We are focusing on specific role sets to create liquidity with a replicable model that we can use in other role sets. For example, working on legal roles is very replicable. Ultimately, we only want to work in areas where we can create liquidity in that pool. It is about being systematic in your focus and having a rollout plan for that focus. It’s the same with cities; we recently launched in Birmingham, where getting liquidity is a challenge that takes two weeks to see a marketplace function. You have to keep focused and be able to say “no” to serve the users you have in a very good way.

 

 


 

Jean-Michel:
How do you get investors to trust you?

 

Sandrine:
You need to focus on developing your business and getting some traction first.

Sebastien:
EU based investors expect revenues much earlier than in the US, where it is enough just to have an audience. We were very transparent with our investors about growing our audience before we used our tech team to release products. Basically you have to say what you do and do what you say.

Marja:
Transaction values in the talent industry are relatively large. We have a lot of permanent roles on our platform and the recruitment fee is 12%. Our focus is to get repeat business from clients and move from SMEs who make a couple of hires a year to bigger firms who make a couple of hires a week.  We focus on how can we get customers who continue to bring value.

 


 

Jean-Michel:
What would you recommend for people to start building a successful marketplace business?

 

Sandrine:
From the start, choose your side; choose which side of the marketplace is more critical to the success of the business, then define your KPIs and goals around that priority and make sure your team is aligned – capture data on a reporting dashboard and share that with the team.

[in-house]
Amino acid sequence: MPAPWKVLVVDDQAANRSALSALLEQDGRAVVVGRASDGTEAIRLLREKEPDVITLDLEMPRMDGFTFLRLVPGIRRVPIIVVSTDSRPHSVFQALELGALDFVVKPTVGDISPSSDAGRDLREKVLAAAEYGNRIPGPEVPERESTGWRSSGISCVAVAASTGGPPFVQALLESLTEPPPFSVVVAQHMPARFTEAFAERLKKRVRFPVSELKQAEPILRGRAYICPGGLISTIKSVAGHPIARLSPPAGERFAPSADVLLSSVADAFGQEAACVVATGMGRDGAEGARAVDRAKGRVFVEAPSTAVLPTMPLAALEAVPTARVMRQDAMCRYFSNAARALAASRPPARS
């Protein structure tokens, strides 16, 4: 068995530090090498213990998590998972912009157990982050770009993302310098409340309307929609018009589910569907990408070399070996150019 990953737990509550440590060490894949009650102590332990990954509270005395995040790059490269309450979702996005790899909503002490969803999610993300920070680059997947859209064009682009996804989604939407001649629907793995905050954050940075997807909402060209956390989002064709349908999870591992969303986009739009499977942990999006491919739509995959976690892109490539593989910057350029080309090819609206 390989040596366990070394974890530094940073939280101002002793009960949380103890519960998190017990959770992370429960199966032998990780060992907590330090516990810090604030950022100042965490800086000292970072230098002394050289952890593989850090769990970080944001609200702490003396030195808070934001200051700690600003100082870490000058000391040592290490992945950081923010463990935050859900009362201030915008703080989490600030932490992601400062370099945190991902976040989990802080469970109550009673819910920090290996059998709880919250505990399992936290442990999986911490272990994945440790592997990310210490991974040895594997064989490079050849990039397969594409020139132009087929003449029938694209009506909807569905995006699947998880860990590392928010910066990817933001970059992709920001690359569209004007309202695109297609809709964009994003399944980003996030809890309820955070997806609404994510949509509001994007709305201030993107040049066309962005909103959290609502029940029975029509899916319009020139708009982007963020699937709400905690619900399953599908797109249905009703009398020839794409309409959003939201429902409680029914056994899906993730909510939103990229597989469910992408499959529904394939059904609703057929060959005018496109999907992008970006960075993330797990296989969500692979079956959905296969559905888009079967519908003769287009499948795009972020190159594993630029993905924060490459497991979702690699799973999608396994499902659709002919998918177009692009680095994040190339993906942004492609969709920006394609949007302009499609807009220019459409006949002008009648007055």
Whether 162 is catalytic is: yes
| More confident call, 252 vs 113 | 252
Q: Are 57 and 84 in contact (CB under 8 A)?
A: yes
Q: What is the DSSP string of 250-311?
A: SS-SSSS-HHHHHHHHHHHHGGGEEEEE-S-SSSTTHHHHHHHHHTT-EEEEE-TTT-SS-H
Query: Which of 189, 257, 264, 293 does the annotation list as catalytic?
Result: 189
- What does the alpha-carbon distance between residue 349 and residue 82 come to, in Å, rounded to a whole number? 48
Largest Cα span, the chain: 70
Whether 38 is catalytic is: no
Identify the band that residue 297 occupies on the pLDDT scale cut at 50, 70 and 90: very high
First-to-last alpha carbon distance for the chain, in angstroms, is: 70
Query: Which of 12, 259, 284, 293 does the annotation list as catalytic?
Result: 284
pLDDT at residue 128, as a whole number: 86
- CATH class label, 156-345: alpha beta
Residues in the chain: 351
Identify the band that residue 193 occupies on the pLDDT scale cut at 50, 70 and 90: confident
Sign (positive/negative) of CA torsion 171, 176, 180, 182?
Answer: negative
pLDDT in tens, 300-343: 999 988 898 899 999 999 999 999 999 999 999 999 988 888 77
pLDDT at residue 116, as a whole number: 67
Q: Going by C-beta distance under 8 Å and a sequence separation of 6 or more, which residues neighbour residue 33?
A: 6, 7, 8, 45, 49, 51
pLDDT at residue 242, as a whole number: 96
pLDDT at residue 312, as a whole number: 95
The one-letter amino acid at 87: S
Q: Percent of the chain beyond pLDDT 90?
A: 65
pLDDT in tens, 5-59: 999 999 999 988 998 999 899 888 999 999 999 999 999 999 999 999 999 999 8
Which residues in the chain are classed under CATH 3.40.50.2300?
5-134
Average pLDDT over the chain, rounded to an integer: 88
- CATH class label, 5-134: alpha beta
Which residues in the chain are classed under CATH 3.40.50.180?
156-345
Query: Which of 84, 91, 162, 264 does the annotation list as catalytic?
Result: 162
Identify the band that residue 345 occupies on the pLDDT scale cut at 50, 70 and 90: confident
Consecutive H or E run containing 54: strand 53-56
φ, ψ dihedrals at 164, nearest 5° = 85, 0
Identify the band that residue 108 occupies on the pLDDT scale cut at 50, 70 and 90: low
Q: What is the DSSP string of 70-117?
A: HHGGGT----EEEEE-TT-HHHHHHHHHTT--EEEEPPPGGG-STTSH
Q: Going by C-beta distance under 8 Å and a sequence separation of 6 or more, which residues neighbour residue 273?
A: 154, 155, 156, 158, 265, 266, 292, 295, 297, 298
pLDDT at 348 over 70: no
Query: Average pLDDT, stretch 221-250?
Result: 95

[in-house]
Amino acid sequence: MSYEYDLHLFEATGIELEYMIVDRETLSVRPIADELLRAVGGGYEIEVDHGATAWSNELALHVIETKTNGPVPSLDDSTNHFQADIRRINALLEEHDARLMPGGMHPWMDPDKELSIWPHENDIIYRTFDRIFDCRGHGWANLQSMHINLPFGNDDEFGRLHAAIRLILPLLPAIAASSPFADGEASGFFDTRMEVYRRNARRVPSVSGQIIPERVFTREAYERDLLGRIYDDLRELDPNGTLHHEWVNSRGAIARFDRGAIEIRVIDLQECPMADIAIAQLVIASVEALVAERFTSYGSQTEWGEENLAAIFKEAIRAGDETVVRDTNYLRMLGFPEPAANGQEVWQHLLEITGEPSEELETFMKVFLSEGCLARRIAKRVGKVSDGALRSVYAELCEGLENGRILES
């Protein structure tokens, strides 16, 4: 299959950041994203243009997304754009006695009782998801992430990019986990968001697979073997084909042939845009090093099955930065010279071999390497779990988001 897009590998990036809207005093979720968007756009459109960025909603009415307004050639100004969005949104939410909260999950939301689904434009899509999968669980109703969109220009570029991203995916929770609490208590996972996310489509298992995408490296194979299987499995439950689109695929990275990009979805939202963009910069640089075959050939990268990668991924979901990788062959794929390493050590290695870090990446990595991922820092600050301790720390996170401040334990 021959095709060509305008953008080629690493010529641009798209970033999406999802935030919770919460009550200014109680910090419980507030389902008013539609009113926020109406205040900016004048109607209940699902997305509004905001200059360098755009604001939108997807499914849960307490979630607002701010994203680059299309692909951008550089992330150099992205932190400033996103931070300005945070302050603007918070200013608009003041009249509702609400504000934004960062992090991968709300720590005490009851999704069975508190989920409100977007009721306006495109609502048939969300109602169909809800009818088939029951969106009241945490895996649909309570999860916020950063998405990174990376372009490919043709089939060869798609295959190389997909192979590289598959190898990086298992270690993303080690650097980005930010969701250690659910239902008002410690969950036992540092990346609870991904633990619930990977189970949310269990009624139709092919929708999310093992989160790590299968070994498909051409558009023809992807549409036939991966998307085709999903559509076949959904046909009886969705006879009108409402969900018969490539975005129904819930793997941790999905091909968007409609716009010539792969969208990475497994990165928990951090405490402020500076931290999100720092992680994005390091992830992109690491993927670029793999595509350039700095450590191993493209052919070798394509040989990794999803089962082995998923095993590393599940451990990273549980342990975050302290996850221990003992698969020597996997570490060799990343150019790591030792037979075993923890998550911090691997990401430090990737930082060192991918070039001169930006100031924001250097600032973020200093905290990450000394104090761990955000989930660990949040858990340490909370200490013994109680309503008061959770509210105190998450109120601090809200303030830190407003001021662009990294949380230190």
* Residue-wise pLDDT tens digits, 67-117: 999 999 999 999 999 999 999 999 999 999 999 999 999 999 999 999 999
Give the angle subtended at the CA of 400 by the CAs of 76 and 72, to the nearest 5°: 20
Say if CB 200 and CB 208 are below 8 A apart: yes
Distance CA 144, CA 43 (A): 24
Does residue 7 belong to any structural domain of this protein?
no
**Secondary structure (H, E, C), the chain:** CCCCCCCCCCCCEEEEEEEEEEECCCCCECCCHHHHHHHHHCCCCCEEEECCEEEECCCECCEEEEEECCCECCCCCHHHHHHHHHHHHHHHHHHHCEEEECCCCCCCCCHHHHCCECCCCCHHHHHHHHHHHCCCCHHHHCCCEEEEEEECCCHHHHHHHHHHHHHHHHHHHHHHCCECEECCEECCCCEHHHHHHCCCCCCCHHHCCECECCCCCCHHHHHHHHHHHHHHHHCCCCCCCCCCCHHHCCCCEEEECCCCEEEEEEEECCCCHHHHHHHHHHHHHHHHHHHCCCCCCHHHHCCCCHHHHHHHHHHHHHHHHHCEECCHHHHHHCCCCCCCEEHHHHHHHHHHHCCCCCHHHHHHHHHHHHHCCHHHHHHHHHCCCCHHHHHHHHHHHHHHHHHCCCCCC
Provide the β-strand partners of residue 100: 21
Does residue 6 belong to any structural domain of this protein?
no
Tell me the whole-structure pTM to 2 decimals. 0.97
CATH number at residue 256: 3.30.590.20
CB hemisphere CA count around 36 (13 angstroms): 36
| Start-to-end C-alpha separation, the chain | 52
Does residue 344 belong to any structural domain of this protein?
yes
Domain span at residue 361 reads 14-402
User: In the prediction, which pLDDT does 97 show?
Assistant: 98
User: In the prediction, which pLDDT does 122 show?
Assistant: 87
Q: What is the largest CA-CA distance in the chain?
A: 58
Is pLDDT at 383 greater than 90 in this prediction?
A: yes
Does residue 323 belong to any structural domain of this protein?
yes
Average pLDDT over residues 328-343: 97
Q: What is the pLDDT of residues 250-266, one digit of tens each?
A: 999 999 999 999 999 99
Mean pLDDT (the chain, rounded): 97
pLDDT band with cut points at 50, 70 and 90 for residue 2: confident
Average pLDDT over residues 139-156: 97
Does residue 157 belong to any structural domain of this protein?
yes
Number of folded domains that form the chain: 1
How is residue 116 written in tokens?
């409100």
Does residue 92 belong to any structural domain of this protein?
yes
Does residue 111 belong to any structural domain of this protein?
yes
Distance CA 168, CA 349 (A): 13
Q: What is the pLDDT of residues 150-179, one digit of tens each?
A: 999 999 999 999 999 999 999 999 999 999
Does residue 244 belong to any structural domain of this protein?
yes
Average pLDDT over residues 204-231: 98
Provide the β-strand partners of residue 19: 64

Sebastien:
Be agile, don’t try to build the biggest product ever, build something quite light and bring it to market. If you are right, you will get massive uptake and if you are not right, customers will tell you.

Marja:
When you are running a marketplace, you need to hire great people in both areas because you will be solving double problems.

Jean-Michel:
Don’t wait and plan too much, get out and do it, get feedback from customers.

 

Did you like ‘Building a successful marketplace business’?

If you liked this article, check write-ups from other Marketplaces Connect 2018’s presentations. Andrew Hooks, Carwow’s COO, shared his experience scaling one of the fastest growing startups in Europe in this insightful summary: 5 marketplace scaling lessons. Isomer Capital‘s Joe Schorge, Piton Capital‘s Andrin Bachmann and Felix Capital‘s Antoine Nussenbaum, delivered a brilliant panel on how to raise funds for your marketplace. And Launchworks & Co’s Laure Claire Reillier presented her seven principles for a winning marketplace strategy.

Building a successful marketplace business: Jean-Michel Chalayer, Sandrine Zhang Ferron, Sebastien Goldenberg, Marja Verbon

Jean-Michel Chalayer, CEO of LeSalon, Sebastien Goldenberg, CEO The House Shop, Sandrine Zhang Ferron, CEO of Vinterior and Marja Verbon COO Jump.Work